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leisure design & build is the premier title for specifiers, architects and operators active in the ever-growing leisure build sector. ldb is the only magazine to link the construction and the leisure industries, it encompasses developments across both the private and public sectors to give a truly holistic view of the way the industry is performing and developing.
News archive - July/August 2017
Spotting the early signs of mental health problems among pupils
EVERY secondary school in the country will be offered Mental Health First Aid training by 2020.
The Government’s pledge to transform mental health services for young people has taken an important step forward with teachers and staff across the country starting training to identify and respond to early signs of mental health problems among pupils.
Delivered by the social enterprise organisation Mental Health First Aid (MHFA) England, the training was originally announced in January as part of a series of measures to address the “hidden injustice” of poor mental health across society.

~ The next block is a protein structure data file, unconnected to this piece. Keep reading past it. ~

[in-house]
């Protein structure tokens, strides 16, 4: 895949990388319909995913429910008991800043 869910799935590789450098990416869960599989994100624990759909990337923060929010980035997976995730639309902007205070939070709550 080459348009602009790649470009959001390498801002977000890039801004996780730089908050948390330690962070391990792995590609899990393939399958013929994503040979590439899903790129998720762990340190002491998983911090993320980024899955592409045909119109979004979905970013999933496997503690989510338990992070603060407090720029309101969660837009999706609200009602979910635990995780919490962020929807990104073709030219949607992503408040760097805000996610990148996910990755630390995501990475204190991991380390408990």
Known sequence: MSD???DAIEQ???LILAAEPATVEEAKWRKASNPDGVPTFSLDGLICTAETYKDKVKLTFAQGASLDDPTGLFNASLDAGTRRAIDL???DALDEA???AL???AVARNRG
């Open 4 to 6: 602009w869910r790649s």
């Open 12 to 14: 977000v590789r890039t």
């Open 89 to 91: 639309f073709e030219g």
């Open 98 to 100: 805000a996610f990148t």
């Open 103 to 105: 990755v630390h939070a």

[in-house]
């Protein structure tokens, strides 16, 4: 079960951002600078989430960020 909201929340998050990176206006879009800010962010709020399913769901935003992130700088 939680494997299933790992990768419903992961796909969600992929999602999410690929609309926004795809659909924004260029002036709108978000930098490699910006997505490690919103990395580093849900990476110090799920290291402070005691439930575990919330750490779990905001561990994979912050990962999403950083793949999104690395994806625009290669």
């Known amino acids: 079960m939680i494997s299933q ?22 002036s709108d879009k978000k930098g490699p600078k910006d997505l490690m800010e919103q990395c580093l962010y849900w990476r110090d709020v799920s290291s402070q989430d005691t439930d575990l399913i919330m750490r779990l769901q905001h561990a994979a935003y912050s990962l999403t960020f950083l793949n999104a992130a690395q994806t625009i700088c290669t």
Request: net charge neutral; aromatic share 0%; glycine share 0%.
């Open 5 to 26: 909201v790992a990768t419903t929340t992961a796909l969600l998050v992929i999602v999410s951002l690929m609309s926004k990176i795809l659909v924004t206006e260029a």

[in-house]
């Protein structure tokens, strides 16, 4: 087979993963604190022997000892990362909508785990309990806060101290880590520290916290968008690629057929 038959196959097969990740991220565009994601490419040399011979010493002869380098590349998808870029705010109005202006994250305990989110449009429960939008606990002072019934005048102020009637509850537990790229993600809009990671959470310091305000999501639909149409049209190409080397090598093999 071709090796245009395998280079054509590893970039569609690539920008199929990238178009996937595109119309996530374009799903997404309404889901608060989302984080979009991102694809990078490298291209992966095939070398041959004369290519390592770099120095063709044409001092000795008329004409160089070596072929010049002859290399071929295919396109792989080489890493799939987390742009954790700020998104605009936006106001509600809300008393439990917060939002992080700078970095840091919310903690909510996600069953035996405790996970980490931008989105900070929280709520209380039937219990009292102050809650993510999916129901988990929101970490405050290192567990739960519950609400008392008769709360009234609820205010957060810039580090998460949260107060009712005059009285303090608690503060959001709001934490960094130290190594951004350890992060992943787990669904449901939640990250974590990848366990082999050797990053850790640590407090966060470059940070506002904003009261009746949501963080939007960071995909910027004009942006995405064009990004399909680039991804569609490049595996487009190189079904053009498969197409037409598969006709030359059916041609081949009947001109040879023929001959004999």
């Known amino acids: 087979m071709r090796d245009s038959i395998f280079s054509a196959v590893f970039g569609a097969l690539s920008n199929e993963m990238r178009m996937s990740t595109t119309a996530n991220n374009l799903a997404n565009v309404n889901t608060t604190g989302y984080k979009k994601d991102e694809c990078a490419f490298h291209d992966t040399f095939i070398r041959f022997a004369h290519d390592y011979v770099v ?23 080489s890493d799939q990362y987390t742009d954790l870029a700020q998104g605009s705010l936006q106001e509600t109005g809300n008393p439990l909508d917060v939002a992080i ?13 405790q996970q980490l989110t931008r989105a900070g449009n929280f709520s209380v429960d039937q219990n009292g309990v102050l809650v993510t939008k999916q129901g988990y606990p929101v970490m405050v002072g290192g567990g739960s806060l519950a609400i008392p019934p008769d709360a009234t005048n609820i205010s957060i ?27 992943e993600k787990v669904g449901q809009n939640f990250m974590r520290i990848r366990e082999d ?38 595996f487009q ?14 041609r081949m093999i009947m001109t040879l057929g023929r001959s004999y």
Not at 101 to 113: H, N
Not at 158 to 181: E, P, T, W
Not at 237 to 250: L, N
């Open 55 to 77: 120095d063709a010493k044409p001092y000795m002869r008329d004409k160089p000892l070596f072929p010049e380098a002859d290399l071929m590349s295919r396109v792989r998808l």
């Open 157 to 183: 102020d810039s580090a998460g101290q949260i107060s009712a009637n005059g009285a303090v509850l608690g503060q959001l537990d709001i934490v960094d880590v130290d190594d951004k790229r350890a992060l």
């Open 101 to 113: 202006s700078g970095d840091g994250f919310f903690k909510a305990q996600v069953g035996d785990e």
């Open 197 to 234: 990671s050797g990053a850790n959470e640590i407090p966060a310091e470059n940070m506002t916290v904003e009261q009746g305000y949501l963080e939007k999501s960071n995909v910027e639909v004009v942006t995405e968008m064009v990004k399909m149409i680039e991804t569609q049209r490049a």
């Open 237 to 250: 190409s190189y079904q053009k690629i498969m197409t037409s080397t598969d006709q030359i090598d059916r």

Around one in ten children are believed to have a diagnosable mental health disorder, with half of all mental health conditions begin before the age of 14, making it vital that children with early symptoms receive the support they need.
However, research by the teachers union NASUWT found that 98% of teachers had come into contact with pupils who were experiencing mental health issues, but only 46% reported receiving training on children’s mental health.
The programme, backed in the first year by £200,000 in Government funding, will start with 1,000 staff and extend in years two and three to cover every secondary school in England. They will receive practical advice on how to deal with issues such as depression and anxiety, suicide and psychosis, self-harm, and eating disorders.
Participants in the training programme will be invited to become a Youth Mental Health First Aid Champion, and will help to share their knowledge and understanding of mental health across the school and wider community.
It is hoped that this will mean more young people will get fast and appropriate support for emerging mental health problems, and that all children will receive the highest quality pastoral care through their adolescence.
Sarah Brennan, chief executive of YoungMinds, said: “Children and young people today are facing a huge range of pressures, from exam stress to online bullying, which inevitably take a toll on their mental health. Many of these pressures become particularly intense during secondary school.
“This training is a move in the right direction and will help give staff the opportunity to gain confidence and understand mental health better. We hope it will encourage more leadership teams to put student wellbeing at the heart of their school.”